Meandering Northern Peru
When crossing the border from Ecuador, things immediately feel different. You are overwhelmed with the sites of poverty, trash and abandoned mud huts. There are miles of wind blown sand dunes as far as the eye can see and loads of Peruvian police everywhere. Which, because of horror stories from other travelers, your heart skips a beat every time you pass one. You catch yourself staring into the mirror waiting for the white SUV to come barreling up behind you.
The preliminary image of Peru makes you want to pull a u-turn and head back to beautiful Ecuador. However, if you are able to look past the negatives, Peru is a truly remarkable country filled with beauty, history and hardship.
Our first night was spent camped on the beautiful Zorritos beach. Driving along the highway, it doesn’t seem like there is much in between each abandoned building or struggling restaurant. We pulled into the driveway of our camp spot and it immediately opened up into a wide open beach, stretching for miles and miles each way. Truly a hidden gem, with a gorgeous sunset to top it off! We spent the next morning drinking our coffee while listening to the waves crash against the shore, then took a walk on the white sand chasing the thousands of crabs that were having their morning feast.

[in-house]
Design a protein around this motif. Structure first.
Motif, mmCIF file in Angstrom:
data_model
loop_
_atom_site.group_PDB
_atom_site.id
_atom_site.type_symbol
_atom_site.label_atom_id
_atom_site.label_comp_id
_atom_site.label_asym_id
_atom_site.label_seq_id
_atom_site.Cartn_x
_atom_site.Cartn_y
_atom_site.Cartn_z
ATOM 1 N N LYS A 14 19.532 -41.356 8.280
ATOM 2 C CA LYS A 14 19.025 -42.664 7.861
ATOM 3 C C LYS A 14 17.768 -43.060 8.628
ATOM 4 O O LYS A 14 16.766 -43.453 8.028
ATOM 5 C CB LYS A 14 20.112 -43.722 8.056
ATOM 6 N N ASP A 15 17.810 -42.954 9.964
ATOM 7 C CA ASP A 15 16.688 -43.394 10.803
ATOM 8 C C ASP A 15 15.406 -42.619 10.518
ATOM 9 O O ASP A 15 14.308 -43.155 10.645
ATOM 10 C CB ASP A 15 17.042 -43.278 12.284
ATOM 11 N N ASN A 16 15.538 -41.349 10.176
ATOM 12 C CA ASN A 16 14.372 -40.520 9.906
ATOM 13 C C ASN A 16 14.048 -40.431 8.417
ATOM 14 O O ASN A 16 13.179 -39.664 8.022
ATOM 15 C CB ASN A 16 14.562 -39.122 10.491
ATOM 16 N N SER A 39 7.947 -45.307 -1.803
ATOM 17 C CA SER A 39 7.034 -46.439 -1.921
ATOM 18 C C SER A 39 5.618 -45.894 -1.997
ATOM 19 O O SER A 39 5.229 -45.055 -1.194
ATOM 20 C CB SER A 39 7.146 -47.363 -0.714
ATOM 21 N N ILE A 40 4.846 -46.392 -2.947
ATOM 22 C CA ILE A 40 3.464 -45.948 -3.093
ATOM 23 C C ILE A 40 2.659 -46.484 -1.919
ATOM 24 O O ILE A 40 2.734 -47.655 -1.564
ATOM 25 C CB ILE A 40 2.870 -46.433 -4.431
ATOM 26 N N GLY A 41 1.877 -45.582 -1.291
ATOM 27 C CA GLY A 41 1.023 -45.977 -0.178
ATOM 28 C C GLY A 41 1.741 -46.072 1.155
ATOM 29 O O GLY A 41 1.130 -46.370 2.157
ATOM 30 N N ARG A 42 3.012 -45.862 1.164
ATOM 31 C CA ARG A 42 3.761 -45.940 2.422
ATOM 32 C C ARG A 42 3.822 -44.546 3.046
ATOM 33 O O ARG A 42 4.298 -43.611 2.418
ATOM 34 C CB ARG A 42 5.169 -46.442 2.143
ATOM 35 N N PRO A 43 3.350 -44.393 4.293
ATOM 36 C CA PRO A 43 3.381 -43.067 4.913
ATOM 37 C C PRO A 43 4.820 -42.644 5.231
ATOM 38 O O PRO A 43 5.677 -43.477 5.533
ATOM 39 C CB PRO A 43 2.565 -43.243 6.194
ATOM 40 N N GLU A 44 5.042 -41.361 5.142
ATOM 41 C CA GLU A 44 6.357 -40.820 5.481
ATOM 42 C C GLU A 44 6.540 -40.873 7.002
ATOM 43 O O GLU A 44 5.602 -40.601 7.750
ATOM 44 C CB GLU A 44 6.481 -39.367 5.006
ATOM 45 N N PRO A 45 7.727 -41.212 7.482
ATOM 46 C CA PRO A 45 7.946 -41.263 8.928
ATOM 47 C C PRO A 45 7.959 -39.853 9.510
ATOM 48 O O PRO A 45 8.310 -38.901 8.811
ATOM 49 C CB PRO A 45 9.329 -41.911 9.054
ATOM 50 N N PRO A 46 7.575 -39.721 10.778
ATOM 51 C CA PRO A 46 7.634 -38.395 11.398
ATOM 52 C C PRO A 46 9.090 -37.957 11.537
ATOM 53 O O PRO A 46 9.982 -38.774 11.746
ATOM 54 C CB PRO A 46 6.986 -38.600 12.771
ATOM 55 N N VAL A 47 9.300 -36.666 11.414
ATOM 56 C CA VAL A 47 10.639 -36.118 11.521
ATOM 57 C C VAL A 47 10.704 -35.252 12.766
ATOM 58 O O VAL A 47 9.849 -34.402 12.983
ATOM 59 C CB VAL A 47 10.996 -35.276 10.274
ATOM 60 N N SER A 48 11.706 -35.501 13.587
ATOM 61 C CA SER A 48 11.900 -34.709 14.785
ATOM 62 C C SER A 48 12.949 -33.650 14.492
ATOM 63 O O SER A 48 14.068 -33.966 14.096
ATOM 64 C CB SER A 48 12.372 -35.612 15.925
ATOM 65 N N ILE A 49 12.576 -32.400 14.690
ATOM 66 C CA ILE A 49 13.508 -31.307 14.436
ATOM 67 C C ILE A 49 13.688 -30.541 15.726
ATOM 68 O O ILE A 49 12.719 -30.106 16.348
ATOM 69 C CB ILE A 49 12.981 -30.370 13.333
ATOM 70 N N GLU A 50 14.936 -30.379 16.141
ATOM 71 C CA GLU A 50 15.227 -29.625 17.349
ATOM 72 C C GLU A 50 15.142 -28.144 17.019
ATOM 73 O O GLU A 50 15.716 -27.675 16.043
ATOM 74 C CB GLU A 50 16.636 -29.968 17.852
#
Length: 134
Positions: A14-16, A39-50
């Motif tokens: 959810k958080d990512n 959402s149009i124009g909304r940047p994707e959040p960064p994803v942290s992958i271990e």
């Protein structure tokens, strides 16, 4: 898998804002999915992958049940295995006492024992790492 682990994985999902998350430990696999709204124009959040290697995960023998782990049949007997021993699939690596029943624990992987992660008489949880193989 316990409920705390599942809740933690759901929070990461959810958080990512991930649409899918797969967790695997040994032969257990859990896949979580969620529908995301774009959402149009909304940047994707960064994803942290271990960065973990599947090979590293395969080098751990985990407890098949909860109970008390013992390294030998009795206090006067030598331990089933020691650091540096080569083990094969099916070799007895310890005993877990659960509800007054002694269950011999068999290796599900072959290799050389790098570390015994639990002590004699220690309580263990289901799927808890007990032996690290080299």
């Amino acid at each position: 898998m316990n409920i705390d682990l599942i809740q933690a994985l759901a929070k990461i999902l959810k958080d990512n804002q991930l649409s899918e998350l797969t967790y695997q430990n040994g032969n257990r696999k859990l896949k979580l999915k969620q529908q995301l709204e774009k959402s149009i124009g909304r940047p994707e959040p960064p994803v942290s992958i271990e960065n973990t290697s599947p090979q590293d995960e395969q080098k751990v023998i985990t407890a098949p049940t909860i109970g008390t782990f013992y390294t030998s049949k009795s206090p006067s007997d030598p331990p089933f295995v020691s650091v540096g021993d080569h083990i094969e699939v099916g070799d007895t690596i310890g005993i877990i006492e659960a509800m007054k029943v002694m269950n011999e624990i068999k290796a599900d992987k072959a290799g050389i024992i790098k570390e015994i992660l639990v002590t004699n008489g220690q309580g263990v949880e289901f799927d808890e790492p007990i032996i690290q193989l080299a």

We contemplated staying another night in peaceful Zorritos but decided to move on to Mancora where we might be able to catch some surf. Pulling into town, we were less than impressed. We questioned ourselves: Why did we leave the tranquil, gorgeous Zorritos for this cramped, dirty, touristy town? We almost turned back until we remembered reading how our friends, Patagonia or Bust, found a wonderful camp spot somewhere in the town. We parked the truck on the main strip and pulled out our many maps/books and GPS to find the hostel. At one point, Nate looked up and could see the grass-roofed building with the words “Kon Tiki” displayed across it sitting at the highest point in Mancora. Success! After a scavenger hunt of dirt roads and security guards telling us we were going the wrong way, we finally made it to Kon Tiki. We camped there for almost a week, high above the town. During the day we would make our way down the steep dirt path to the beach for about an hour or two before having to retreat back to the hostel to hide in the shade to escape the heat. At night, we propped our chairs as far out on the point of our camp spot as possible to watch the sunsets and observe the hustle and bustle of Mancora life below us. Thanks for the tip Joe and Kylee!
We had a two day drive to our next stopping point in Huanchaco. The first day, we bounced along the coastline occasionally taking random roads into tiny towns to check out the surf. The highway gradually brought us inland a bit, where we would spend hours driving through the vast Piura Desert, not a soul in sight. Every so often, we would pass a large section of desert which seemed to be the dumping point for people’s trash. We have never seen so much trash in our lives. It was disappointing to know that people would come out here to this beautiful barren desert and just dump their trash without thinking twice about it.